Whatever it is needed to freeze hard, while also being able to be formed into the gap in the ring before or during freezing (not that freezing has actually been confirmed, but it is the most likely.)

So what have I missed? Just the actual identity of the gloop, I think. Back to the kitchen!

Ooh...one of the things you mentioned is indeed correct...although you might not realize it ;P...it's probably not something that you've ever frozen before...and for a good reason...and that reason is part of the answer ;).

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Ooh...one of the things you mentioned is indeed correct...although you might not realize it ;P...it's probably not something that you've ever frozen before...and for a good reason...and that reason is part of the answer ;).

Grr....

So what on my list did I discount AND changes somehow after you freeze and melt it?

I felt that icing/fondant was the most likely. Royal icing, when thawing, "sweats" like from Orson Wells running a marathon. It's positively disgusting. Most people who've been married a year or more can attest to this. I've never worked with fondant, but I would assume that a something similar happens making it quite nasty. But I said these were likely.

Red bell peppers get positively disgusting when frozen (very mushy), but using one to complete the ring would be tricky. Frozen cherries are actually quite good.

I've never actually frozen a whole tomato, because honestly, who would? The implementation seems tricky.

I was leaning strongly towards cocktail sauce, but you said the glop didn't smell of horseradish (key ingredient, I grow my own).

Tomato sauce freezes quite well, as the success of frozen lasagna proves.

Tomato paste? I'm loathe to test it in the freezer just for this though. :P

Cheese wouldn't necessarily need to be frozen to work, even if I could find a red kind.

Then there's the wax. I've never frozen it. Does freezing food grade wax make it's melting point change somehow? Or does it sweat and soften enough to release itself from the ring?

Of all of these, I'm going to narrow my guess to either the fondant, or the wax.

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Ooh...one of the things you mentioned is indeed correct...although you might not realize it ;P...it's probably not something that you've ever frozen before...and for a good reason...and that reason is part of the answer ;).

Grr....

So what on my list did I discount AND changes somehow after you freeze and melt it?

I felt that icing/fondant was the most likely. Royal icing, when thawing, "sweats" like from Orson Wells running a marathon. It's positively disgusting. Most people who've been married a year or more can attest to this. I've never worked with fondant, but I would assume that a something similar happens making it quite nasty. But I said these were likely.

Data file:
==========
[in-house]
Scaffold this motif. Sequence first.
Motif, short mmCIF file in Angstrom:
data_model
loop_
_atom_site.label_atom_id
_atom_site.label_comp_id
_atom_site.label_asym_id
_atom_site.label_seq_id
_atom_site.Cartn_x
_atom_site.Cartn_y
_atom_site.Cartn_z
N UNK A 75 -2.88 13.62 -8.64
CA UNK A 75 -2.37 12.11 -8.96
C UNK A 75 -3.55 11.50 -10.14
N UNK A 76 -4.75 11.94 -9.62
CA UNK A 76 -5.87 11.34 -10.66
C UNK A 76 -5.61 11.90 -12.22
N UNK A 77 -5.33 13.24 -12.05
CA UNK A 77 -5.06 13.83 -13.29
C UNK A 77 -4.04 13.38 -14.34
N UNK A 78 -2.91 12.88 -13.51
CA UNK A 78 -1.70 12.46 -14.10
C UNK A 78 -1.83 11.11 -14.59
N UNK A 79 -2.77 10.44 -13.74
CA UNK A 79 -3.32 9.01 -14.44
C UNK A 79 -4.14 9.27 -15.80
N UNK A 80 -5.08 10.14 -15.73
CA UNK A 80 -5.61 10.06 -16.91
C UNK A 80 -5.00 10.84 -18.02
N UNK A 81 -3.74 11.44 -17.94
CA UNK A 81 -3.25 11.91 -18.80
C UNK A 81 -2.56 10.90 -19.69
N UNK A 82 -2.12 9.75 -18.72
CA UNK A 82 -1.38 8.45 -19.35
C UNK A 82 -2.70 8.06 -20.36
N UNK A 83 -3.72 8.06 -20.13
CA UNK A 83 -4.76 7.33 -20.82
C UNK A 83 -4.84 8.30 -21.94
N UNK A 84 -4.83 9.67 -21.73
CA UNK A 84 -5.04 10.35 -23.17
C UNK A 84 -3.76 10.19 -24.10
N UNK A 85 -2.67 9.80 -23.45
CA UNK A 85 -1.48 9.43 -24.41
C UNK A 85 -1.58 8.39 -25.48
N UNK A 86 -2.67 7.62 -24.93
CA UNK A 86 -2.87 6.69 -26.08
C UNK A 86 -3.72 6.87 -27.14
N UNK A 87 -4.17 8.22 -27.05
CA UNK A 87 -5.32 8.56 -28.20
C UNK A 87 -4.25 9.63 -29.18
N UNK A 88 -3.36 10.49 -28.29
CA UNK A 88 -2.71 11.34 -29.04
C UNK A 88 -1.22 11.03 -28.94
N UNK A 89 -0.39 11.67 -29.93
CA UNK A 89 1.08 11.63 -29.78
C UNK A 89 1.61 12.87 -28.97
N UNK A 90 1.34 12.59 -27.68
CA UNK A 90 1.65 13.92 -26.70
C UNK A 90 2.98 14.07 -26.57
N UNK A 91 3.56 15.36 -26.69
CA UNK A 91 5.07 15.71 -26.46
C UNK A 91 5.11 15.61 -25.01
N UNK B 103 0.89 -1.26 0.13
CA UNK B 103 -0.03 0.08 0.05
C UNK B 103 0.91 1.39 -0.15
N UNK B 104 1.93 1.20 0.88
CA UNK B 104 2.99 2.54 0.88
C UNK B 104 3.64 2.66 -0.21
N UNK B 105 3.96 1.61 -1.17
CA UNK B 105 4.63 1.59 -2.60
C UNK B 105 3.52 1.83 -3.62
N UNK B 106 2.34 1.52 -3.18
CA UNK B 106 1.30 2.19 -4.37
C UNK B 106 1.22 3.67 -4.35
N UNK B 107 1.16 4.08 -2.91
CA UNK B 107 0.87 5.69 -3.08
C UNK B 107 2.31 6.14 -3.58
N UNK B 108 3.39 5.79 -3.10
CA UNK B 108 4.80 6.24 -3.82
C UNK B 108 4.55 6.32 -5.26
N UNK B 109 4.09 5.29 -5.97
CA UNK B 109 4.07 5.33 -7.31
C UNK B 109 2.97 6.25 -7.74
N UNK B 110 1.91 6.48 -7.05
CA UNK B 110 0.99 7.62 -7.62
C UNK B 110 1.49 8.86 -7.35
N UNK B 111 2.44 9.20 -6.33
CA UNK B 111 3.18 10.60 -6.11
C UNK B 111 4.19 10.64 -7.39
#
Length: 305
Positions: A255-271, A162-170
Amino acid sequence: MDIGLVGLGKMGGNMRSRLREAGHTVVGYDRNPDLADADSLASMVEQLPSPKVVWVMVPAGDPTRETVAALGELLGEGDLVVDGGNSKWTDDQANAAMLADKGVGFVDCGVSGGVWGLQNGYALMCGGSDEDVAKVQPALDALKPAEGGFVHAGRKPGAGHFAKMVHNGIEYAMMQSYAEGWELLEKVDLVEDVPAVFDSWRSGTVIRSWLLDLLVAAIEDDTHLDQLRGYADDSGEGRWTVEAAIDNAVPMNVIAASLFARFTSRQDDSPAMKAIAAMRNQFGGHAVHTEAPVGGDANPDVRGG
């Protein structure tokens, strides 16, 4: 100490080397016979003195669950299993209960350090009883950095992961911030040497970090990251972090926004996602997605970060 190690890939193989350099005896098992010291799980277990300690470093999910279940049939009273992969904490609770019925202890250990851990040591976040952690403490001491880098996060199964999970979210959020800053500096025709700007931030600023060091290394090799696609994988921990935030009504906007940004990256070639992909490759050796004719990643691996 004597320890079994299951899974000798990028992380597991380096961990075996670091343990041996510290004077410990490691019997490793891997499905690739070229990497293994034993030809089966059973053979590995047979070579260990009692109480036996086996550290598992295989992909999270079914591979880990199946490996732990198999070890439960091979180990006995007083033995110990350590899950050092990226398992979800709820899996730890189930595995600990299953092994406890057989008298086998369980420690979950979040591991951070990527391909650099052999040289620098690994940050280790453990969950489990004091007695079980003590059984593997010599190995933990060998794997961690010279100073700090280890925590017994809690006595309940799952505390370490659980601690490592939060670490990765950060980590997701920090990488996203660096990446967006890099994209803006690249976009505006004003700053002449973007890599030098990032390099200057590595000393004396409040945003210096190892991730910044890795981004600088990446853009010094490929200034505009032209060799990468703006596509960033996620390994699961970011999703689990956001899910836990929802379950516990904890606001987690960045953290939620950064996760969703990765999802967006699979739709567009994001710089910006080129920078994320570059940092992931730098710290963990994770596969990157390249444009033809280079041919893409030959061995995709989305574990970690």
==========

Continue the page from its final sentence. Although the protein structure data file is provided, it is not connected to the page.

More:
Red bell peppers get positively disgusting when frozen (very mushy), but using one to complete the ring would be tricky. Frozen cherries are actually quite good.

I've never actually frozen a whole tomato, because honestly, who would? The implementation seems tricky.

I was leaning strongly towards cocktail sauce, but you said the glop didn't smell of horseradish (key ingredient, I grow my own).

Tomato sauce freezes quite well, as the success of frozen lasagna proves.

Tomato paste? I'm loathe to test it in the freezer just for this though. :P

Cheese wouldn't necessarily need to be frozen to work, even if I could find a red kind.

Then there's the wax. I've never frozen it. Does freezing food grade wax make it's melting point change somehow? Or does it sweat and soften enough to release itself from the ring?

Of all of these, I'm going to narrow my guess to either the fondant, or the wax.

:D

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Reminder to self:

ACTUALLY READ THE POST BEFORE POSTING IT!!!!

Someday, I will learn that lesson.

So to work, the ring would have to be placed around the tomato, which was impaled on the mop handle, then frozen all together. Cumbersome and unlikely, but possible.

I think it much easier to embed the ring part way into the tomato, then freeze it, leaving enough room for the mop handle.

Either way, as the tomato thaws, (and presumably turns to the same nasty mush that the peppers did) it falls apart and releases the ring.

So how do you know this about tomatoes, hmm? Why did you freeze one?

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When you freeze fruits and vegetables, the formation of ice crystals damages the cell walls...destroying the structure of the food. The higher the effective water content, the more damage is done. If you freeze something like a tomato, when it thaws...it becomes mush.

But the key for the tomato, is that it can be frozen separately from the ring...b/c for the contraption to work (and what I was hinting at earlier that you were forgetting to take into account), whatever it was has to be frozen into place on the mop handle itself, since once the ring is filled it's impossible to tie the rope around it...the ring with the rope pulled taught must be placed on the contraption at the last moment (before the pranksters make their getaway). The tomato, in it's natural state, will keep it's circular form as it sits in the freezer, freezing...